The Evolution Of Modern Dating*

in , , , , by Nikki LLL Blog, October 12, 2018

Romance: Then and Now...

If you compare the dating world of the past to dating in 2018, you might be forgiven for believing that romance is well and truly dead. With an abundance of dubious dating apps, ‘Netflix & chill’ and social media hook-ups, it’s no surprise that many of us feel rather disheartened with the idea of looking for love. 

According to a recent study by eHarmony, however, all is not lost: their Happiness Index study (a study of attitudes towards love and romance with more than 2,000 participants) found millennials to be the most romantic generation of all. To investigate how attitudes towards romance have evolved over time, I’ve teamed up with Angelic Diamonds, retailer of custom engagement rings

How do we define romance? 
Back in the past, there were no dating apps around to help start a conversation and ‘ghosting’ [ignoring someone by not returning their texts] was unheard of. 

You might have heard your parents or grandparents talk about when they first got together — they went on a few cinema dates, perhaps attended a dance and went out for dinner before deciding that they were in relationship. All of this might make you think that it was much more romantic back then. 

But, the older generation had their dating sites in the form of lonely hearts ads (the first one being published in 1695) - and it’s likely that people still had the experience of being stood up. So, maybe it wasn’t that different after all. Perhaps it’s the way that younger people define and recognise romance that makes them seem less affectionate than the generation before them. 

A survey of romance in the UK found that the top five gestures that people considered romantic were: 

Holding hands (46%)
Cuddling (44%)
Giving a surprise gift (43%)
A romantic walk (32%) 
Giving flowers (31%)

Differences became apparent when different generations were questioned on their attitudes towards historically chivalrous acts. A huge 93% of over-45s believed there was still a place for them in the 21st century, whereas 37% of 18-24 year olds disagreed. 

In particular, ordering for someone at a restaurant was frowned upon and taking off a hat when entering a room was also considered outdated.

Attitudes towards romance by age group
Different age groups express love in their own ways. Studies show that:

90% of 18-24-year olds say that they hold hands when they’re out for a walk, 70% make sure that they go on date nights together, and 68% enjoy making romantic gestures such as writing love notes.
79% of 25-34-year olds enjoy making romantic gestures — more than any other generation.
35-44-year olds are 15% less likely to go on date nights than younger millennials. Holding hands during walks was the most common romantic gesture among this age group.
45-54-year olds are less likely to buy their partner small gifts between birthdays and more likely to hold hands during a walk.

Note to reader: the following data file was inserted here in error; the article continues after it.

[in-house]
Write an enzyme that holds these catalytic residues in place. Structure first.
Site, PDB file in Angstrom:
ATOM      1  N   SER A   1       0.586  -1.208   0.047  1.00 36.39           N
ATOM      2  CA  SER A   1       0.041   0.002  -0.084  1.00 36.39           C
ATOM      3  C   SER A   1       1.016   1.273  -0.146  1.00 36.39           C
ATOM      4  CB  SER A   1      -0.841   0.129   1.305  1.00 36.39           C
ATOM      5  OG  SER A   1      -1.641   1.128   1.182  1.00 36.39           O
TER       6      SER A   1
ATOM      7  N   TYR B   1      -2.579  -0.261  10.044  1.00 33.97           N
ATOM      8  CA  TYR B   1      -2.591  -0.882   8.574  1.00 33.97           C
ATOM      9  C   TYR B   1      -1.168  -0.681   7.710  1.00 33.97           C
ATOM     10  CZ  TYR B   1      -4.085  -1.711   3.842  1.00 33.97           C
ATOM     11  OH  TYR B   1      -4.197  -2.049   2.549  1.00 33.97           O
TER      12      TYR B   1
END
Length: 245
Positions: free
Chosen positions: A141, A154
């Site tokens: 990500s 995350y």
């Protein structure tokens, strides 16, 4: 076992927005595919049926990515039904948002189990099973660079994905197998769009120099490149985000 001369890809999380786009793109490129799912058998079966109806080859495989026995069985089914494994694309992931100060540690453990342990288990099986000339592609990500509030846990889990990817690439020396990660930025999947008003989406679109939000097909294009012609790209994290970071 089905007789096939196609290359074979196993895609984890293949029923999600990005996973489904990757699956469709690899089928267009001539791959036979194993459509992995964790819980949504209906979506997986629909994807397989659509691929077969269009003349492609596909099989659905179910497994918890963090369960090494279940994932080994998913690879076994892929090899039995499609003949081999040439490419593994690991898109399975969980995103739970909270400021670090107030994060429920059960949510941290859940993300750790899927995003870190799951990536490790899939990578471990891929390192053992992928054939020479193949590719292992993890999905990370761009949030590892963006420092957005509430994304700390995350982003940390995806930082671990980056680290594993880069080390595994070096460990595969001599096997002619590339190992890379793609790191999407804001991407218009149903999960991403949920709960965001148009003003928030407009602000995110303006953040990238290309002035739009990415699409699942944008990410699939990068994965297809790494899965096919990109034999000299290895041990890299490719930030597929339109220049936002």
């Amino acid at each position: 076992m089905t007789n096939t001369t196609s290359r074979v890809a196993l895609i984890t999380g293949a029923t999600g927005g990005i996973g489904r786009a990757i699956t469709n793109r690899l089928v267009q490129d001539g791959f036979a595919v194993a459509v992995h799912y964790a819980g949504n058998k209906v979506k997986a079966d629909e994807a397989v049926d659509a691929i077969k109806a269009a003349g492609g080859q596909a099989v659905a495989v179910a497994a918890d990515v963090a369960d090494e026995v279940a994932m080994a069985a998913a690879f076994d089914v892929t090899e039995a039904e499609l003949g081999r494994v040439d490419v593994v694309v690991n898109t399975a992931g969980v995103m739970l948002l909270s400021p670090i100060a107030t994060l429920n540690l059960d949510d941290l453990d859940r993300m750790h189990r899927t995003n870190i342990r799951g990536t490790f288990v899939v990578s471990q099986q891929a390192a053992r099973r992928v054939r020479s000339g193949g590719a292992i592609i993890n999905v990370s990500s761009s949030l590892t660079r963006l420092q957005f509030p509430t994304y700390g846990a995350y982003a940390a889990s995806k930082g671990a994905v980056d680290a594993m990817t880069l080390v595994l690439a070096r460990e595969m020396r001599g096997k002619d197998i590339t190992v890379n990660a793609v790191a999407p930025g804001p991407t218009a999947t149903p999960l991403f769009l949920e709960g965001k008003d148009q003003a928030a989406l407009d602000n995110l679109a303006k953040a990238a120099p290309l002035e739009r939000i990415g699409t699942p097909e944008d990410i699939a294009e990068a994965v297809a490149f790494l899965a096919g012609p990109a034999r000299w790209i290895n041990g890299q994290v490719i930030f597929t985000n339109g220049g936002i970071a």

Over 50% of over 65-year olds like to go on date nights and 40% like making romantic gestures. They were the least likely to buy gifts for partners outside of birthdays.

All participants agreed that letting their partner know how much they are valued was extremely important, with 65% of all age groups admitting to kissing every day and 68% saying ‘I love you’ daily.

Love in 2018
If you’re searching for love yourself, there are many things that you can do other than following the current trends for your generation.

It’s always nice to show your romantic side. One study revealed that 76% of Britons would enjoy having more romance in their lives but 57% said that they didn’t make romantic gestures because they didn’t want to be seen as cheesy! It might depend on where you live, too. If you live in the capital, definitely pull some romance out of the bag to woo your other half — an astounding 86% of Londoners said that they’d appreciate more romance in their lives. Similarly, when dating site, Zoosk, conducted a study of 9,000 of its users, it discovered that when users call themselves a ‘romantic’ on their profile, their matches increase by 24% above the average match count. And, when the phrase ‘hopeless romantic’ was said, matches were boosted by 38%.

When looking for date locations, you needn’t spend too much on an expensive meal or drinks. Three-quarters of people surveyed in one study said that ‘snuggling in front of the fireplace’ is the most romantic date, followed by ‘candle-lit dinners’ (58%) and a ‘picnic in the park’ (45%).

And as for things to avoid, people voted that mobile phone addiction, in particular at the dinner table (49%), was the biggest passion-killer. Closely followed by bad personal hygiene (45%) and rudeness (33%). So, no Snapchat or Instagram posts over dinner!

As we’ve seen in this post, the definition of love and romance has changed a great deal. But, this doesn’t mean that we’re any less romantic in ourselveswe simply have different ways of showing it. Don’t be afraid to let your soft side show and display some affection. Especially towards me, pls xo
*Collaborative post
**Stock images
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